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About Quetzlcoatl

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  1. Can Anyone Explain Why Carbs Should Be Eaten With Fats?

    Fats slow the digestion and absorption of carbohydrates. Slower digestion means the sugar enters your blood over a longer period of time, leading to a lower spike in blood sugar. Protein has a larger effect, though.
  2. Why Califlower Causes Acne?

    Could be a specific type of fiber that promotes the growth of a niche species in your flora, to which you have an immune response. Solution: don't eat it, I guess.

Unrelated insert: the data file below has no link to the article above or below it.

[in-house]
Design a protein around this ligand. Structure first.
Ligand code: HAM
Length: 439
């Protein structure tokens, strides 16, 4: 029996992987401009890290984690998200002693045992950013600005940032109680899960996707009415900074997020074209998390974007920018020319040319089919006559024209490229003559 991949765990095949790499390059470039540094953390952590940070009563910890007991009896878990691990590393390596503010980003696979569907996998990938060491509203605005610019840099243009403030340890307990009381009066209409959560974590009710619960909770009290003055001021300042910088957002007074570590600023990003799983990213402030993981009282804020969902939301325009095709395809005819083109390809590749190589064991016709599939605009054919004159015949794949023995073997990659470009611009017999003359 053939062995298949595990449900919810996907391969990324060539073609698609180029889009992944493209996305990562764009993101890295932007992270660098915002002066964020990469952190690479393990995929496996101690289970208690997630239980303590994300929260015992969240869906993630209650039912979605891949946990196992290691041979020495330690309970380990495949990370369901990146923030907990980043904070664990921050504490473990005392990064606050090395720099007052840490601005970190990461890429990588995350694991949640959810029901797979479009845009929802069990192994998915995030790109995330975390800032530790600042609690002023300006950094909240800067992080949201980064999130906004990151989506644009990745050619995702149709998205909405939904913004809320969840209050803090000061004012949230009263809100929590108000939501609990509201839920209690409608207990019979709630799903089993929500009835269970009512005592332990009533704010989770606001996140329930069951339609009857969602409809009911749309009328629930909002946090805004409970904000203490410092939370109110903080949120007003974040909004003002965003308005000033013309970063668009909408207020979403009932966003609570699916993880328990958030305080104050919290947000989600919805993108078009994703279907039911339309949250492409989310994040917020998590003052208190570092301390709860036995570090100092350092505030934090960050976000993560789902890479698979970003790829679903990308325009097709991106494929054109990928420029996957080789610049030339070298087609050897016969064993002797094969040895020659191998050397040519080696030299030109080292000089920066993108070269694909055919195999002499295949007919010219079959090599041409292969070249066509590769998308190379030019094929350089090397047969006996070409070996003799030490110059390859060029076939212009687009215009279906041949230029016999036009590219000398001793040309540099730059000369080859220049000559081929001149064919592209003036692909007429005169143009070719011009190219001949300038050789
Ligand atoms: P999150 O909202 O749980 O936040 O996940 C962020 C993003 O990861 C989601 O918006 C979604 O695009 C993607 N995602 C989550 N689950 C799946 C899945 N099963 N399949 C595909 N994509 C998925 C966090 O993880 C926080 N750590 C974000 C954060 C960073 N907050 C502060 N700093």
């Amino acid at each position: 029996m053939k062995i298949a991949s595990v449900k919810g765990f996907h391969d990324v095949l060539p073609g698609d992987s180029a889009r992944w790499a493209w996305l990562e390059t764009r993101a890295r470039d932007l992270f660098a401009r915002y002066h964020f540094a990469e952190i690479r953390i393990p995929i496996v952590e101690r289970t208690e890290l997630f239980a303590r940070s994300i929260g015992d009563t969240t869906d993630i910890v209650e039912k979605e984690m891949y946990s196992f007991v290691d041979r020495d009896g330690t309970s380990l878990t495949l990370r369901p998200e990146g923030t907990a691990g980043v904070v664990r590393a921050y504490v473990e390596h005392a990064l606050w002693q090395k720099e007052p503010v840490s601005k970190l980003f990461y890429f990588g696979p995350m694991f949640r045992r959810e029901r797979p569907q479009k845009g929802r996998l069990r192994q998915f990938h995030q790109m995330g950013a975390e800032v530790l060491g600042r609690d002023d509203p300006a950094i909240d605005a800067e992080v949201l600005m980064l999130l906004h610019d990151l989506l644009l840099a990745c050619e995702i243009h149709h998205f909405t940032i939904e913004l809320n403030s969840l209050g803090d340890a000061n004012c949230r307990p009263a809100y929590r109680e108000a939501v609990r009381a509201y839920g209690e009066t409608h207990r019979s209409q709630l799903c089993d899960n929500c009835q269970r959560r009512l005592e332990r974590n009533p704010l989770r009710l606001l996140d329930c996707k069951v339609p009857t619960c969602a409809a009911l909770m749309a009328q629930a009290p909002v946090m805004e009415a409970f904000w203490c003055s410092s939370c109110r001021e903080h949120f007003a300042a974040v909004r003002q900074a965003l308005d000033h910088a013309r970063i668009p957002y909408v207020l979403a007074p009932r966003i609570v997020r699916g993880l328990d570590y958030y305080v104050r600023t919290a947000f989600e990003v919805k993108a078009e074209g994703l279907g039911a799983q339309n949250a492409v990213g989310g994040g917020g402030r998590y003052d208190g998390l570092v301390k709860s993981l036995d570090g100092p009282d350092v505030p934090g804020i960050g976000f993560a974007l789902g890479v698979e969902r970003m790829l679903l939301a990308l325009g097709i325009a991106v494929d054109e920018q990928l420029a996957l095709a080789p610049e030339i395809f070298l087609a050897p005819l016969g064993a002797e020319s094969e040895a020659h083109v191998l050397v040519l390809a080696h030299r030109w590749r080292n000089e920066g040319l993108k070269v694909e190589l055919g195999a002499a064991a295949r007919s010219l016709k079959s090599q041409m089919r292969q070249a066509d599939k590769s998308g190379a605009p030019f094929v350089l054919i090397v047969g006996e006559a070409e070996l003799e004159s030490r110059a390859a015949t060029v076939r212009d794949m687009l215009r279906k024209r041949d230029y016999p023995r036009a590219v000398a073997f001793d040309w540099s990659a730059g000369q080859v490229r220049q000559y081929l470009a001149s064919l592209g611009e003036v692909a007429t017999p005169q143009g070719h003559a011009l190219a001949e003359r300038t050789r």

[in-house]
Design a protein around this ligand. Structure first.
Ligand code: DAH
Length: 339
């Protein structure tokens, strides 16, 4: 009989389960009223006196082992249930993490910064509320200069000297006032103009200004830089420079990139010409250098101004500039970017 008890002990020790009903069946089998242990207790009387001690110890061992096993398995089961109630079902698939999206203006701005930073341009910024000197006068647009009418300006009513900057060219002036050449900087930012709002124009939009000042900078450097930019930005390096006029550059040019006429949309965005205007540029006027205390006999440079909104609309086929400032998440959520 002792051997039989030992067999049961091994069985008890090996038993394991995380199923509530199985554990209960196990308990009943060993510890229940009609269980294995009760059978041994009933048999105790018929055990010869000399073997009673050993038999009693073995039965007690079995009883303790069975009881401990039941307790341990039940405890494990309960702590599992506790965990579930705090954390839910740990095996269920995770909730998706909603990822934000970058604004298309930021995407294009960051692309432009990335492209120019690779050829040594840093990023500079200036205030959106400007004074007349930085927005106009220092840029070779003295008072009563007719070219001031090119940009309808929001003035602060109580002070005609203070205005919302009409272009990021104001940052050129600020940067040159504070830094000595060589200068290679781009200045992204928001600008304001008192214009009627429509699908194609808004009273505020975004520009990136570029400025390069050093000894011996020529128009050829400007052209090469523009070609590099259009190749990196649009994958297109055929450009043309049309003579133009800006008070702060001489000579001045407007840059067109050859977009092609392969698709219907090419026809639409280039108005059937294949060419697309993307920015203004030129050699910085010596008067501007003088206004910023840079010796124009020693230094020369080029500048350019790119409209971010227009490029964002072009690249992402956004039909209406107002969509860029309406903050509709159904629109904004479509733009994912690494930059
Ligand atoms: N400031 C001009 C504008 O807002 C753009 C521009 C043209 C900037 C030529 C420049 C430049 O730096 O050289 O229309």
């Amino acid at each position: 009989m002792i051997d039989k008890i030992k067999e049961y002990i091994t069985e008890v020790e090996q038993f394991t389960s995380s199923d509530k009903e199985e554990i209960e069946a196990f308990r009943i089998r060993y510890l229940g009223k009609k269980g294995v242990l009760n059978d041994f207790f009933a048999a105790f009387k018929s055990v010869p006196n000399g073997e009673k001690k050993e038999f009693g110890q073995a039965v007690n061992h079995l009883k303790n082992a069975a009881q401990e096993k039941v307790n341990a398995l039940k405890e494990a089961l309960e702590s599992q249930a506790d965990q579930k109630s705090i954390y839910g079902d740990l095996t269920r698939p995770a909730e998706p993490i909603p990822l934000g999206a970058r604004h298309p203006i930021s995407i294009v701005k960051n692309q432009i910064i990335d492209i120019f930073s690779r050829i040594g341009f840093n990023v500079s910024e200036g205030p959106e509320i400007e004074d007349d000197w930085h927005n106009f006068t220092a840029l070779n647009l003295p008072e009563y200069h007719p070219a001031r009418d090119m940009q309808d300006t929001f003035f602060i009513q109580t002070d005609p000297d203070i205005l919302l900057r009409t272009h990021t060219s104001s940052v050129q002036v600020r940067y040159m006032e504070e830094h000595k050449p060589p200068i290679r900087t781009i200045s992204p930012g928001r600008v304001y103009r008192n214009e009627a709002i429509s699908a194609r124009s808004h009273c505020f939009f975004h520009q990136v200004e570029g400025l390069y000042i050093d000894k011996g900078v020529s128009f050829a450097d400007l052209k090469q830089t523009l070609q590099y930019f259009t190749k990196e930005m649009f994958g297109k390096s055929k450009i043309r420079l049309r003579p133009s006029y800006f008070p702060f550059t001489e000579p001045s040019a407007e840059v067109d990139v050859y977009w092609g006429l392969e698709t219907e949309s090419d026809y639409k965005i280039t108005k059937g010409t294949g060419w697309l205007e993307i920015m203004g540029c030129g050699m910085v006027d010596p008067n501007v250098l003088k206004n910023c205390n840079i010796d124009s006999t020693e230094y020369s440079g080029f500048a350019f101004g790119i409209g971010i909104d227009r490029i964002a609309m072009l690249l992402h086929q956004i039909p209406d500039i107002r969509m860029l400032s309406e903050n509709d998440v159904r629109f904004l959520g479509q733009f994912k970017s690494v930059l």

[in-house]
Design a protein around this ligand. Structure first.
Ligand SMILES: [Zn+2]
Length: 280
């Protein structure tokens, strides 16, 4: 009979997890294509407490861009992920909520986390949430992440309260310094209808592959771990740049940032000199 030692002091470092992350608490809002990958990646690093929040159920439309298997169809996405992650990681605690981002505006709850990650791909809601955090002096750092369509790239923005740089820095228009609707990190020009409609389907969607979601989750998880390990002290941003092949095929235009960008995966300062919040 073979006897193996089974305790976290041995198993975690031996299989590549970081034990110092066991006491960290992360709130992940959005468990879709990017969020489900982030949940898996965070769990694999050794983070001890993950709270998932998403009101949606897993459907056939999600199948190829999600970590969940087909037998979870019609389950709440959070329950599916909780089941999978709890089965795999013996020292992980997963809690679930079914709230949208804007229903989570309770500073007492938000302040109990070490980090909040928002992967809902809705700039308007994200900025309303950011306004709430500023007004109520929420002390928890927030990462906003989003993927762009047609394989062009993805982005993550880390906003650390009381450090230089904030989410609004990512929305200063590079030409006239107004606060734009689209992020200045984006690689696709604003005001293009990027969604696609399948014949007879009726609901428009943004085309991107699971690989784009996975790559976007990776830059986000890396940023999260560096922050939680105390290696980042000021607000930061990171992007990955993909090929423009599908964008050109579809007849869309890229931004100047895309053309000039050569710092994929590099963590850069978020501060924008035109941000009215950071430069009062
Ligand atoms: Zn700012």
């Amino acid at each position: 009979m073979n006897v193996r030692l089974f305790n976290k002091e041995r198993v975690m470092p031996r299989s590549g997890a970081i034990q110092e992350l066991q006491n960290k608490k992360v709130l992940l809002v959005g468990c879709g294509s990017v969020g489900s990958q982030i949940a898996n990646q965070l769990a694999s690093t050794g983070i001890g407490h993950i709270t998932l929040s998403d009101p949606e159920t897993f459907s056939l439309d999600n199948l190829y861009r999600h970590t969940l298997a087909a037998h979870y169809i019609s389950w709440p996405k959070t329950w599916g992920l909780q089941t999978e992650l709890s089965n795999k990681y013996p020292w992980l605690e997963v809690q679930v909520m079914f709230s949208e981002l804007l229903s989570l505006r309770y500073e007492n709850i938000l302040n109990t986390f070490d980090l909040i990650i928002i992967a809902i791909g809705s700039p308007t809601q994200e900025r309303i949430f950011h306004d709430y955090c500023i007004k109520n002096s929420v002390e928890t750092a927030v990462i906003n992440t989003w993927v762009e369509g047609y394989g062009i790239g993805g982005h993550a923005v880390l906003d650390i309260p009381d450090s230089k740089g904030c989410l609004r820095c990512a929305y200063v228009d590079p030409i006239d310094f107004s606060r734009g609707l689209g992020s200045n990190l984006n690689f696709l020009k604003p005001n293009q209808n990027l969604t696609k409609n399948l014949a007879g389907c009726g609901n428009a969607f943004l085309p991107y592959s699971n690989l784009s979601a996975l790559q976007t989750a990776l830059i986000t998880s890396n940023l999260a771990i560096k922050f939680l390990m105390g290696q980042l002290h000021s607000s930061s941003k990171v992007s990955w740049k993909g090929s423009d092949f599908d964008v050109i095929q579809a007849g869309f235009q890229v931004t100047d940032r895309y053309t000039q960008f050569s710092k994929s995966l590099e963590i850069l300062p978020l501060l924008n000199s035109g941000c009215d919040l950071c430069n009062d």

3. I wasn't really sure where to post this, but I wanted to share an interesting observation that I made with all of you. I have been on isotretinoin (Accutane/Claravis) twice now for (mostly comedonal) acne that only partially responded to dietary changes and topicals. On both occasions, my athletes foot was permanently cured. Now, you might say, "Quetzl, that doesn't make sense, how can you permanently cure something twice?" To which I reply, read on my friend. I had recurrent athletes foot for over ten years. I tried everything to cure it; topical antifungal creams, tea tree oil, oral fluconazole, itraconazole, and terbinafine, powders, sock and shoe changes/heat-kills/hydrogen peroxide soaks, diet changes, herbal supplements including candex, berberine, oregano oil, and a host of others. Some worked moderately well for a short period of time; but it would always come back, and make my feet smell. When I started my first isotretinoin treatment (10mg/d, ramping up slowly to 60mg/d, seven month duration), I noticed that the athletes foot became worse. Much worse, in fact; it was uncontrollable. My shoes smelled all the time. My socks would smell after one day's use (in contrast, I can now use them practically indefinitely, but I don't, because I'm still paranoid). The higher the dose, the worse it got. This occurred in tandem with a number of other mild side effects, such as dry lips and skin, weird headspace at the higher doses, muscle twitches, mild lower back pain, crackling joints, and susceptibility to sicknesses (I went from getting sick once a year to getting sick five or six times over the course of my treatment, with heightened severity). It wasn't the greatest experience, but I would do it again, in retrospect, as none of these side effects were permanent. A month after I stopped the drug, my athletes foot vanished. Gone, completely. No trace of it whatsoever; just smooth, supple, scentless skin. I thought, maybe, that it was a coincidence. But half a year later, when my acne returned, I began my second course of isotretinoin. My athletes foot returned within a month of beginning treatment. And it was bad, again. I applied terbinafine cream to keep it somewhat under control, but my shoes and socks still constantly stank. Several months later I finished my second course, and again, within a month, the athletes foot vanished, leaving no sign that it was ever there. It has since not returned in any form; I haven't used any antifungals and I haven't been particularly careful with my feet. Now, the theory. We know that athletes foot is a disease of the immune system; dermatophytes are veritably everywhere, but some people get an infection, while others do not. It is technically contagious, but one must be susceptible to it in order to become infected. We also know that isotretinoin is an immunomodulator; its mechanism for acne is likely the forced apoptosis of TH17 cells and the attenuation of IL17. I propose that, much like acne, recurrent athletes foot is the result of an imbalanced immune system - one that perhaps sees dermatophytes as commensal organisms, and thus doesn't attack them. Treatment with isotretinoin in this case acts as a 'reset' button, possibly by suppressing the branch of the immune system that is regulating the interaction between the dermatophytes and the host immune system, thus resulting in increased disease activity; upon cessation of the drug, the suppressed immune system bounces back, controls the pathogen, and establishes a new equilibrium of immunity. I think this might be consistent with other facets of the drug, such as (rare) reports of autoimmune disorders developing after taking isotretinoin (but not during) and of course, the sometimes permanent elimination of acne, both of which could be acting by the same mechanism as described above (albeit in different environments).